Parental Alienation from non-custodial father

Marcia - posted on 12/27/2013 ( 3 moms have responded )




My almost 13-year old son wants to live with his father's family. While I can see many advantages to the move, I have a mammoth concern that his father is waging an alienation campaign against me and his ultimate plan is to erase me from my son's life. His father has been married to his current wife for 10 years. They have her child from an earlier marriage as well as their two biological children. My household is just myself and my son. I am a working mother.

His father and I live in different states, and the distance between our homes in about 2.5 hours. We are currently co-parenting without a firm visitation schedule. I want my son to have a good relationship with his father, and I support frequent visitation to his dad's home.

I was willing to have him move to his father's home until I learned about the potential of purposeful alienation against me. I started therapy because of my son's hatred toward me and with the plan of us attending sessions together. After my therapist had a session alone with my son, the therapist suspected alientation by his father. My son will start therapy in January with his own person. I must postpone any change in physical custody until I get a determination that there is or is not alienation at work.

My largest challenge is my non-existant relationship with my son. He wants nothing at all to do with me. I am the enemy. He won't even sit down and have a meal with me at the table (but he will visit with me at a restaurant). I can't touch him - no hugs. I realize that about half of his behavior is normal early teen pushback against his mom. I also understand that this would be a good time for him to live with his father because of the common interests between a dad and a son.

I see the long term problems with my son eventually losing complete contact with me due to his father's actions. While I am making my son's life very difficult right now because he is very angry at me for not letting him move, I don't want my son to lose both of his parents in the long run.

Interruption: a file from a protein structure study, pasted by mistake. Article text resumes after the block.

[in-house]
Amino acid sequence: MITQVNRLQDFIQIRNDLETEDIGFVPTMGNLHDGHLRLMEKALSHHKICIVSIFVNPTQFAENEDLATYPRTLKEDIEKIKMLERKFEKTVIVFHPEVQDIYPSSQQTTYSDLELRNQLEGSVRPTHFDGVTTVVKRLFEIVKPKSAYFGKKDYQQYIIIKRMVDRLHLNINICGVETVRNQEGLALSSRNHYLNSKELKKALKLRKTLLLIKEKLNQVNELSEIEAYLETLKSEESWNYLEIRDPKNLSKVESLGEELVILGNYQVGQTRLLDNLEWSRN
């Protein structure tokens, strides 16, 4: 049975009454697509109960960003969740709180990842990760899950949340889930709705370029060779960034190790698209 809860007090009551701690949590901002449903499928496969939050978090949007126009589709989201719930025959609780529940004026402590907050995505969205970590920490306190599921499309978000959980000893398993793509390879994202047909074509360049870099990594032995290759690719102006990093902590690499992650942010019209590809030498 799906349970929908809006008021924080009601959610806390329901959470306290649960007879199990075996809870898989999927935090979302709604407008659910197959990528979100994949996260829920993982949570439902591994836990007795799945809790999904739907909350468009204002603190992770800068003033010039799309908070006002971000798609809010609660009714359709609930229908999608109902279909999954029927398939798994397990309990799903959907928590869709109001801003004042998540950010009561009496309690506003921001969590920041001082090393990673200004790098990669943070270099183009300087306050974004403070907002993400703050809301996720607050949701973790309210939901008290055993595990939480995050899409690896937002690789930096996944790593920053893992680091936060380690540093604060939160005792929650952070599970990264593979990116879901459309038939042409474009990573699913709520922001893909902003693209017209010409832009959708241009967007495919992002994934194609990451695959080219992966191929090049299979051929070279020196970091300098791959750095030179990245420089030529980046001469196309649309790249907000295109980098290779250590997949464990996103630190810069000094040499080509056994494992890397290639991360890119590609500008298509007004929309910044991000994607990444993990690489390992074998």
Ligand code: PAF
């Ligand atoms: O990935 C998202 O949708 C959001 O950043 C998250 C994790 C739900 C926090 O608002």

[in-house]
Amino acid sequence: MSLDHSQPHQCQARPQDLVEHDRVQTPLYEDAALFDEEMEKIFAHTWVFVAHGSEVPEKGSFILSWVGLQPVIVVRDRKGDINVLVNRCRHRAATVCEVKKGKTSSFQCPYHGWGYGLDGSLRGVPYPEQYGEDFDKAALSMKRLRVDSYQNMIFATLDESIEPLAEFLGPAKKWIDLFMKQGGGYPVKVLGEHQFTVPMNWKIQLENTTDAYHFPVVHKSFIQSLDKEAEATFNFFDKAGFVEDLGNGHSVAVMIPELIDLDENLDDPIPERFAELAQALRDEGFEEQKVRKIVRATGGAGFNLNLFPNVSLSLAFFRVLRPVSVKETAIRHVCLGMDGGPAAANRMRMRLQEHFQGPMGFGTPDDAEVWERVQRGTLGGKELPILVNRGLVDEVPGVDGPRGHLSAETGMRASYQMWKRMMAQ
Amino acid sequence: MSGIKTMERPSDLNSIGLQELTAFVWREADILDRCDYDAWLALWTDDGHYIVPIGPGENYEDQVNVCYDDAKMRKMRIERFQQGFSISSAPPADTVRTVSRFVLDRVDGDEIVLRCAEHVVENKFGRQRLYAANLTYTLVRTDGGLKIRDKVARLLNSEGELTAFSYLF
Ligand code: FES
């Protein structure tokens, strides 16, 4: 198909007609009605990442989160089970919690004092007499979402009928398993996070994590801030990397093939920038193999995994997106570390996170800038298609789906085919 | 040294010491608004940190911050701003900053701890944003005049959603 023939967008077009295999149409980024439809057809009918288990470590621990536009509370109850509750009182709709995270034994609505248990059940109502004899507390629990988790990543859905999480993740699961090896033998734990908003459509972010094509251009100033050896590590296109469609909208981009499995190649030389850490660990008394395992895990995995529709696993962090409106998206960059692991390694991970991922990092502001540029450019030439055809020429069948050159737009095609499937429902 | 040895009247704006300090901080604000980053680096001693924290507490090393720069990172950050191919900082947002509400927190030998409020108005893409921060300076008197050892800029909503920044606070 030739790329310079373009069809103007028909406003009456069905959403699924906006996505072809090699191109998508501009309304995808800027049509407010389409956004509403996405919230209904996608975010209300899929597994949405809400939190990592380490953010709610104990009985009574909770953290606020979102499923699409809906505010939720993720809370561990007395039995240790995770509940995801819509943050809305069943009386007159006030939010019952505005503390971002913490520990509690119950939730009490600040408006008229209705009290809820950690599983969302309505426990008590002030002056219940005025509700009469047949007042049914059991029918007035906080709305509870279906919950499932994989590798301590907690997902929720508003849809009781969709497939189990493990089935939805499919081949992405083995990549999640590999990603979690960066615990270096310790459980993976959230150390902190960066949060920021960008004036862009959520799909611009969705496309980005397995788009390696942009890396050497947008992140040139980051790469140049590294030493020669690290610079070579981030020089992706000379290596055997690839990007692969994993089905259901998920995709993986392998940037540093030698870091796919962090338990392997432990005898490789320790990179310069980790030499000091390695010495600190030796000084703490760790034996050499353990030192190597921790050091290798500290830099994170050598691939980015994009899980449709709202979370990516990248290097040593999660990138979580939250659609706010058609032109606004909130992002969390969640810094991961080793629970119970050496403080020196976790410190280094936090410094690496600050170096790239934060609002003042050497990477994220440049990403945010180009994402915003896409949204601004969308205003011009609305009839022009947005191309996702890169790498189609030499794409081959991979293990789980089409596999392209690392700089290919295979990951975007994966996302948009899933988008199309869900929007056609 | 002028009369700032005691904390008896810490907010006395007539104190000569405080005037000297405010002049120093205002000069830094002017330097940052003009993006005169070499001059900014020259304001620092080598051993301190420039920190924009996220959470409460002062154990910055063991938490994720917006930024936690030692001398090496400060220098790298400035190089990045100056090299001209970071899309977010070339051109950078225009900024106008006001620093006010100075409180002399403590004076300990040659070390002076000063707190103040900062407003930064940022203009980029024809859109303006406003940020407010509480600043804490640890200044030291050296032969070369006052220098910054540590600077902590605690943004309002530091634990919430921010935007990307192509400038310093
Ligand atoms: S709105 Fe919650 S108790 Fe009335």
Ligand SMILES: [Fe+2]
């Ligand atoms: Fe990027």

Any experience out there with alienation by the non-custodial parent?


View replies by

Katherine - posted on 03/09/2014




My ex is doing the same thing with my 13 year old son. Going to such extents as rewarding him with expensive gifts and privileges for not seeing me and for treating me badly in public. I am at a loss, as it is a very difficult thing to prove, and in the state to TX women do not have the same rights in the courtroom as men. We spent 4 years and $400,000 on a divorce - so everything is gone. I need to go on with life, as our other son who is 15 years old does not succumb to the manipulation. It pains me, though fighting is futile.

Marcia - posted on 12/27/2013




The biggest piece of evidence was my son's sudden change in attitude toward me over Veteran's Day weekend. We had a great visit in the car on the way to see his dad - non stop chatting about this and that for 1.5 hours. Then on the way back to my home, he was sullen and angry. He really, really hated coming back to me. I am not the fun-filled, people-filled home as his father's. He was also using grown up wording such as "when I look at you, the only think that I see is the person who keeps me from living with my dad."

I have also researched the warning signs of parental alienation syndrome, and I can see about four of them in my son. This diagnosis is a tricky call which is why I am getting my son his own therapist in order to investigate the truth in both our households.

Co-parenting is actually a kind way but not accurate way to describe my relationship with my son's father. His answer to everything is for my son to come and live with him. He frequently calls me to tell me what I am doing wrong as my son's mother and again telling me that the solution is always for our boy to live with him. He will not discuss our son's behavior and attitude with me in a way to talk to our son together to tell him that it's not OK to be so mean to mom.

I attempt to co-parent by making sure that my son sees his father and being pro-active in arranging weekend and school break visits. I got my son a cell phone so his father and he can talk any time they want to.

Thanks for asking good questions.

Amy - posted on 12/27/2013




What evidence do you have of parental alienation other than your therapist saying they suspect that. If you are coparenting with the father have you talked to him about your sons behavior and attitude towards you?

Join Circle of Moms

Sign up for Circle of Moms and be a part of this community! Membership is just one click away.

Join Circle of Moms